What Japan really needs is a new feminist revolution. From what i've read about their culture, the big problem (the lack of babies!) is due to far greater cultural pressures against working mothers, and that their family legal system gives incredible advantages to the man, so for women to remain independent or career-track in Japan now, it's much easier to either avoid marriage or, if married, avoid kids.


When their debt situation truly goes out of control sometime in the next 20 years (and it basically has to, what's propping it up is high savings rates and bond investment. When those investors retire in waves and start collecting... ouch), there will be an opportunity for large social adjustment, and then we could see the much more sensible average Japanese person awaken and become politically active again, finally marginalizing the right-wingnuts.



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BaldrSkies said:
Sounds like another sensationalist article reading between the lines and distorting words. There are a lot of assumptions in the article.

By the way, any change to the Japanese constitution has to be approved by the US government. "Journalists" better get ready to point the finger at someone else, because a certain administration in office now has been very supportive of allowing this revision to happen.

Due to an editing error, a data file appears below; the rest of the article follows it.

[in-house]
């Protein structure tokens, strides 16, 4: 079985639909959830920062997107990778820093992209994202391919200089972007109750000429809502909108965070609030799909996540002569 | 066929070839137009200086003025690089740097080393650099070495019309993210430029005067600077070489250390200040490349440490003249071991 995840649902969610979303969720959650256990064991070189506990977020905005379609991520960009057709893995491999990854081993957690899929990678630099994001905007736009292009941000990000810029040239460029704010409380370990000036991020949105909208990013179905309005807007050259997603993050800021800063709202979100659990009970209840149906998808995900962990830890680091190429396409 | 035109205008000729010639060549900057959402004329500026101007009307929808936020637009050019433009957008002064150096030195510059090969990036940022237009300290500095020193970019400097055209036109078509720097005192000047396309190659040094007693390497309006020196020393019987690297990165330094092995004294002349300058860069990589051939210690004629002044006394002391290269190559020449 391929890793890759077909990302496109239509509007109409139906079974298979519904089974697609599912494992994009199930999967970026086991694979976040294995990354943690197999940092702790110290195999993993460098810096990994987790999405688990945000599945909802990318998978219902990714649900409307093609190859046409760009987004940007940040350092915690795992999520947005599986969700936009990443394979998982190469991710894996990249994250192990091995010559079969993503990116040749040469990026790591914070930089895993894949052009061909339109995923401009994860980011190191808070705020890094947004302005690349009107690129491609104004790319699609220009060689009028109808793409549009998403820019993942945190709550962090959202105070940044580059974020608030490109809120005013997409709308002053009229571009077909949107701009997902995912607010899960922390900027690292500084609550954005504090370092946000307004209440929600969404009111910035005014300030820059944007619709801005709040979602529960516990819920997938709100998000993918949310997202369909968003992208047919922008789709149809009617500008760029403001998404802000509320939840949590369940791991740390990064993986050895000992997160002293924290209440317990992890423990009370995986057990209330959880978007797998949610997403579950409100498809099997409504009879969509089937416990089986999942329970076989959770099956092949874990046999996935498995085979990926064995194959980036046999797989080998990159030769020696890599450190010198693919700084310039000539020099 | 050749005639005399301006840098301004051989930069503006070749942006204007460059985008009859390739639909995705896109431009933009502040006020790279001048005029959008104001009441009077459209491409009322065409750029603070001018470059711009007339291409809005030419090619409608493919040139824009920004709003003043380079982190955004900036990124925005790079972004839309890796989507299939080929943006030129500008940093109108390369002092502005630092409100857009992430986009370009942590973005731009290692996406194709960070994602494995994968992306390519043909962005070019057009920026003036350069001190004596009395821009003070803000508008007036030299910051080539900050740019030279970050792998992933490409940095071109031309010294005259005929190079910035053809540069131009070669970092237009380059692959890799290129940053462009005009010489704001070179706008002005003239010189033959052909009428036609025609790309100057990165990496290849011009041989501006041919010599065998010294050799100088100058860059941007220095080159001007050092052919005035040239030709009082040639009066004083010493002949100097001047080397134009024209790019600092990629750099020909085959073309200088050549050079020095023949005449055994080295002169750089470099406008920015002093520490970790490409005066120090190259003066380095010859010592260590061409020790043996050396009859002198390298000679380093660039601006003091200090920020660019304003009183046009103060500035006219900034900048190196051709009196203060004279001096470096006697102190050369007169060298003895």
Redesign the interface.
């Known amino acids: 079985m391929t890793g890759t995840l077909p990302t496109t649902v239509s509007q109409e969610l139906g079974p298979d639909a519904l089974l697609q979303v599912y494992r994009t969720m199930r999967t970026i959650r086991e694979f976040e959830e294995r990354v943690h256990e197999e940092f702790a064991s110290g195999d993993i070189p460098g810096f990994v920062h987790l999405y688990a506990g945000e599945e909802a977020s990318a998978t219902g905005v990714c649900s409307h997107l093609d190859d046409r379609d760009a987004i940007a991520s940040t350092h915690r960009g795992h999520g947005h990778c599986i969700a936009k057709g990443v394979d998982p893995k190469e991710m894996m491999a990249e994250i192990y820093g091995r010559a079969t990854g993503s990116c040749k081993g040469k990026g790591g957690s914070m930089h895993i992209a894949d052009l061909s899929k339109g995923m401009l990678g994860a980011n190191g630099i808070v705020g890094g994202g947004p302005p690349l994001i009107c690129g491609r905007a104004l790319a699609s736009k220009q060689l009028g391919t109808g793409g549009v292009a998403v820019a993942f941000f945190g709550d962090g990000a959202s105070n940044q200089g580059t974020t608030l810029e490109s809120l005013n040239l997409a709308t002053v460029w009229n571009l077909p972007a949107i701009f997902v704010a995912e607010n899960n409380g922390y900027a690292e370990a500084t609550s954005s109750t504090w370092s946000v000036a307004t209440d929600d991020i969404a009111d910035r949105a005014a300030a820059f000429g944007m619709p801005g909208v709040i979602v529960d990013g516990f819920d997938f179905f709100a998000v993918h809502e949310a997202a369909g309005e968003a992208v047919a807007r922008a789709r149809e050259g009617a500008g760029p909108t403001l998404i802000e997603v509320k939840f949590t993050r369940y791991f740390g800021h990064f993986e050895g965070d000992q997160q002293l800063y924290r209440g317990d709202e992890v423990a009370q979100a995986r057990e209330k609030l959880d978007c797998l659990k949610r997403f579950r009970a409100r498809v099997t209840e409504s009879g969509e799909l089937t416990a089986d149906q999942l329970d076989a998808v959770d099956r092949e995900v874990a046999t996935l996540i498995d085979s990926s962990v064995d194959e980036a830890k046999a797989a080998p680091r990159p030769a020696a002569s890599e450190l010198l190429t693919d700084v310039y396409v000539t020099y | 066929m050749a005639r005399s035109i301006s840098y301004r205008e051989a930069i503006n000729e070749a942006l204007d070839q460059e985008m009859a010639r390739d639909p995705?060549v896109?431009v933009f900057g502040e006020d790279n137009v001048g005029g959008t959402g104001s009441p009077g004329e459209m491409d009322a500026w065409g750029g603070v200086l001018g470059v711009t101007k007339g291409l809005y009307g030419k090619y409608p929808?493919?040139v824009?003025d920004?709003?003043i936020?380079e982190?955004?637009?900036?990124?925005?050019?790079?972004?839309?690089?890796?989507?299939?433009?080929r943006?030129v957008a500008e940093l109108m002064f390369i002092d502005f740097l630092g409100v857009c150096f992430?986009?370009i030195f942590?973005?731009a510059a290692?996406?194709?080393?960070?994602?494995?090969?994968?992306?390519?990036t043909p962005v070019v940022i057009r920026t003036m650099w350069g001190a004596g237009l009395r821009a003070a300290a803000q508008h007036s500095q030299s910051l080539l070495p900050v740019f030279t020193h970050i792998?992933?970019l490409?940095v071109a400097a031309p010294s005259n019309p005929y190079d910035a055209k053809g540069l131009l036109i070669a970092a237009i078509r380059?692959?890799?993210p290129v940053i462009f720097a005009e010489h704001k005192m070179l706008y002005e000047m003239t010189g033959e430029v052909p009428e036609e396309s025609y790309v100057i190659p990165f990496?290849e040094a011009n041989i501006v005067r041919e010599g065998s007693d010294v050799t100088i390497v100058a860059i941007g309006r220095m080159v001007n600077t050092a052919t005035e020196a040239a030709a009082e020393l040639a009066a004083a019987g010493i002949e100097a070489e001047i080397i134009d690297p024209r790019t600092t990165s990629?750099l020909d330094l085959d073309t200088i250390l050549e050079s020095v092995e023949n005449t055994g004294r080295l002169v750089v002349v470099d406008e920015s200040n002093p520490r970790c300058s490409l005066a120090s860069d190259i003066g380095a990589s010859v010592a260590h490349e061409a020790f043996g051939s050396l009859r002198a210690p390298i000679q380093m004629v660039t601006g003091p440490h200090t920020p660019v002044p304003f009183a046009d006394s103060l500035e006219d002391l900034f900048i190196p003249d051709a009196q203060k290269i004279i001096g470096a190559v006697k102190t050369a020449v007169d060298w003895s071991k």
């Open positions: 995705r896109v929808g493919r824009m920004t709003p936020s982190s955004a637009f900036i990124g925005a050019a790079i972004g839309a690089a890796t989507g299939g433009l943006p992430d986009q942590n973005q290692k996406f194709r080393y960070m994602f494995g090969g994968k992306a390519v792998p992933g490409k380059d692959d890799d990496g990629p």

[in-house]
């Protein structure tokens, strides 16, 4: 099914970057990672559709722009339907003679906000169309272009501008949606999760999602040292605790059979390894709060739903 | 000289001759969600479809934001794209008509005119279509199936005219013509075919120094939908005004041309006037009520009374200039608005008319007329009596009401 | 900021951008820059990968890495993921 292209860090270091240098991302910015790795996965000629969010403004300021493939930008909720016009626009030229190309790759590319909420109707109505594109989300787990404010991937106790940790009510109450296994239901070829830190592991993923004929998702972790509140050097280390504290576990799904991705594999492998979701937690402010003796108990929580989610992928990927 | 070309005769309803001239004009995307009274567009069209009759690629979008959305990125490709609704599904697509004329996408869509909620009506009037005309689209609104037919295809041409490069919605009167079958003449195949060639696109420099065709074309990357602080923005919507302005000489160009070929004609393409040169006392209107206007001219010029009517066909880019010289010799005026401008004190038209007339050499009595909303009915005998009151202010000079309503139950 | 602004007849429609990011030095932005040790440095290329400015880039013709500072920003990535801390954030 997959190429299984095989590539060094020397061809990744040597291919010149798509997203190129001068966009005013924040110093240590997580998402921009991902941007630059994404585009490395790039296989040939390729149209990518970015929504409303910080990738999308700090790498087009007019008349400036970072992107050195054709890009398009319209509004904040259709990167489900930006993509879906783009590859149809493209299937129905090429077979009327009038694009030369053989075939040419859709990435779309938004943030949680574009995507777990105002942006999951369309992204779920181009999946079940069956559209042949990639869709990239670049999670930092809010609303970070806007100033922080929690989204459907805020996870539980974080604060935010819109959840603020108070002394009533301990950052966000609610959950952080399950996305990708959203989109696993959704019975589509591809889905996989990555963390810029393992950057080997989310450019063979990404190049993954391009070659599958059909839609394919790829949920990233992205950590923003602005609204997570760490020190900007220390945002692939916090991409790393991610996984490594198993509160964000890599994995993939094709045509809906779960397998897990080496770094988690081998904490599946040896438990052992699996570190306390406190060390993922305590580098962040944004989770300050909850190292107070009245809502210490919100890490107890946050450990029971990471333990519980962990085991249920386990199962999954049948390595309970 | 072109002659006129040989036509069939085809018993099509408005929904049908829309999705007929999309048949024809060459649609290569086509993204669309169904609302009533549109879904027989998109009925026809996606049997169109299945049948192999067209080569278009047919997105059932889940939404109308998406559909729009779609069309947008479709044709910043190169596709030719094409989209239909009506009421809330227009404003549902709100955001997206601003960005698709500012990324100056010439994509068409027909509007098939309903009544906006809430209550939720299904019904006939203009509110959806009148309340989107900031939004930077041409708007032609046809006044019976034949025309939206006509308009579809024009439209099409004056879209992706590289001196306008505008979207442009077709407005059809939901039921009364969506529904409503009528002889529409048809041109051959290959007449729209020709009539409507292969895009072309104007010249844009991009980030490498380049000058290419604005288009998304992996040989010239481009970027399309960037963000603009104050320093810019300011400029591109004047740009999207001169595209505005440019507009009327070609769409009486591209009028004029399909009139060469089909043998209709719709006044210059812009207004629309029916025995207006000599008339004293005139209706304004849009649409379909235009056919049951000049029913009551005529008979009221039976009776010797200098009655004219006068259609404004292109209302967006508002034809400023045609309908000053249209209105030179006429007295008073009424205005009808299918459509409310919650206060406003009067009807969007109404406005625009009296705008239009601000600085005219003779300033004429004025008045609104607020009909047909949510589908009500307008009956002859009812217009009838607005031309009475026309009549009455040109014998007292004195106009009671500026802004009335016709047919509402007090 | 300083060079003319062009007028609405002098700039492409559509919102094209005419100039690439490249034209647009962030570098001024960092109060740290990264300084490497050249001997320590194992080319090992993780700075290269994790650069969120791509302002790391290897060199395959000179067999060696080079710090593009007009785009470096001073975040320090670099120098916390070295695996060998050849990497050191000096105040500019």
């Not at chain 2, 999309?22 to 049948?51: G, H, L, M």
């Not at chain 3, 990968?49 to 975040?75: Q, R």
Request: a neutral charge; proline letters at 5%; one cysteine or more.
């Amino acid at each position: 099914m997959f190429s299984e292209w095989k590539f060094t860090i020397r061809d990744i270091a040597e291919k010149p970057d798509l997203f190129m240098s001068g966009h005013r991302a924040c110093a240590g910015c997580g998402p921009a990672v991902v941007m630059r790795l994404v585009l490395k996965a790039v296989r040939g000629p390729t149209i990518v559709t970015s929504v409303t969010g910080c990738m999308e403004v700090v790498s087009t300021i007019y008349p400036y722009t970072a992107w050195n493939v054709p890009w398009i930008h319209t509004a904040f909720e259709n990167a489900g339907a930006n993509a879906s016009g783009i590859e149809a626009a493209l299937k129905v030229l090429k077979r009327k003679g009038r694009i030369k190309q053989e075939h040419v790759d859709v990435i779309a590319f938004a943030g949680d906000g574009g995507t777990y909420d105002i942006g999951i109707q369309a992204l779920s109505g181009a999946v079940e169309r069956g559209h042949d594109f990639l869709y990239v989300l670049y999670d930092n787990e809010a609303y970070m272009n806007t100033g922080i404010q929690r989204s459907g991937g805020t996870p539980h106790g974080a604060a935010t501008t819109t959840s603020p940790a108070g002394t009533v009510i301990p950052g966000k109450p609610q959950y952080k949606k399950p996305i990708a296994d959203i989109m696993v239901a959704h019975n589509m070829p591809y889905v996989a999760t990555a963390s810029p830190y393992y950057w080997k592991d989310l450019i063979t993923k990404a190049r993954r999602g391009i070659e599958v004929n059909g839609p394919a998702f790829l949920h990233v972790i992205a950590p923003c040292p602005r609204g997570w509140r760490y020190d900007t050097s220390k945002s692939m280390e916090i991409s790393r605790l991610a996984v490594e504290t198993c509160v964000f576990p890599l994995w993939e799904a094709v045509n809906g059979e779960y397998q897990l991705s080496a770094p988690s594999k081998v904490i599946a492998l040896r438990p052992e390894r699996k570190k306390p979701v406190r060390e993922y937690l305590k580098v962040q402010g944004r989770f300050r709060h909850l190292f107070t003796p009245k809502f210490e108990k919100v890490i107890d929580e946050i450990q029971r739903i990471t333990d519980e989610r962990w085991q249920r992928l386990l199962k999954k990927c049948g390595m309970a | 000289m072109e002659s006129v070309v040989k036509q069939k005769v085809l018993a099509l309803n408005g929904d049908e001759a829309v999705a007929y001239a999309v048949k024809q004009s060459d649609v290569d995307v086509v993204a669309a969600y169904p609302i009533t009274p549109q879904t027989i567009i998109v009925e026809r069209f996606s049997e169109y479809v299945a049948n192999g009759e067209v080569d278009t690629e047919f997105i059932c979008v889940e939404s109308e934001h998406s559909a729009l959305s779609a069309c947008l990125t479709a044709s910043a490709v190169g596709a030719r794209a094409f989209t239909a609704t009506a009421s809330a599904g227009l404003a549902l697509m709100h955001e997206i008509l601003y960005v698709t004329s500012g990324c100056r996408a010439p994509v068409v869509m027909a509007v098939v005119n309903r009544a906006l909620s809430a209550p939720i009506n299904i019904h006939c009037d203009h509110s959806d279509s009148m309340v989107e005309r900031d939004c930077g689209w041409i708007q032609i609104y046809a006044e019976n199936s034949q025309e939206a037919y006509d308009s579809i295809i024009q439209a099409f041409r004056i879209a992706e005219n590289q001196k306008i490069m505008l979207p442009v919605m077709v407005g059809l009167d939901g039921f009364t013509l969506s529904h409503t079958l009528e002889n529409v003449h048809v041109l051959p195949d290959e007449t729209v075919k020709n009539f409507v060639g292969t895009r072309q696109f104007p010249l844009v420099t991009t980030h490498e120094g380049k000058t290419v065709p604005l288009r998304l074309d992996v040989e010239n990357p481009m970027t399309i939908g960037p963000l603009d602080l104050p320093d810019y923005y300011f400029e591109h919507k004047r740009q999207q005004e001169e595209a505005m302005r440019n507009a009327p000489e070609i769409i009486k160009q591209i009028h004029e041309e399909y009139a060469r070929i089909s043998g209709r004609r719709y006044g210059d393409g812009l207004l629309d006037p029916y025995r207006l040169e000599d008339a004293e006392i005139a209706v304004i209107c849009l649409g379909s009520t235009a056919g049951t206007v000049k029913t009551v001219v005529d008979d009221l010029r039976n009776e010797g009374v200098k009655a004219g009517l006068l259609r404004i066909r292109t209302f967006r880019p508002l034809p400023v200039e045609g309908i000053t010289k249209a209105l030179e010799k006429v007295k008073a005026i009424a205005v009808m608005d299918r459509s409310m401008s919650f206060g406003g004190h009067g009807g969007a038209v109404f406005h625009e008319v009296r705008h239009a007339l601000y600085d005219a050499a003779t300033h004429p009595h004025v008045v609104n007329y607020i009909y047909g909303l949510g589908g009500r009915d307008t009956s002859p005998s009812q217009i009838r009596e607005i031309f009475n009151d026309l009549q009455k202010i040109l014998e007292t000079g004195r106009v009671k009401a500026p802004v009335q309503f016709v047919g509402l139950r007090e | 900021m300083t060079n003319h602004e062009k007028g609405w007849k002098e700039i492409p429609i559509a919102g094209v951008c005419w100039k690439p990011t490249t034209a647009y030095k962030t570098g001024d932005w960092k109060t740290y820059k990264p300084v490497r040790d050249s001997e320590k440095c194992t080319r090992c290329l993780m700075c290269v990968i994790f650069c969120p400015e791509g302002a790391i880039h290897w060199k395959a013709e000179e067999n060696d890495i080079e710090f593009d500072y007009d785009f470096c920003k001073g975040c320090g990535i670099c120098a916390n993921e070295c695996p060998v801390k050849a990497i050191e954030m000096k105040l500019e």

Article 9, yes. It's time for countries under the American security umbrella to start standing on their own two feet, especially wealthy (if debt-ridden) ones like Europe and Japan

Abrogation of human rights? Hell no.



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What a biased article. There were no arguments presented in favor of changing the constitution. I'm sure the Japanese conservatives have some good arguments for it, right? I assume there are.

Whenever I see the words "human rights" I get an uncomfortable feeling in my stomach. It shouldn't be so. In the West, "human rights" has become a tool for the left to disrupt the current order in society that they hate. "Human rights" is used as an argument for distribution of wealth, free immigration, rewarding criminals and restricting freedom of speech.

I love Japan. Japan should once and for all remove the yoke that was put on them by USA and become a truly independent nation again.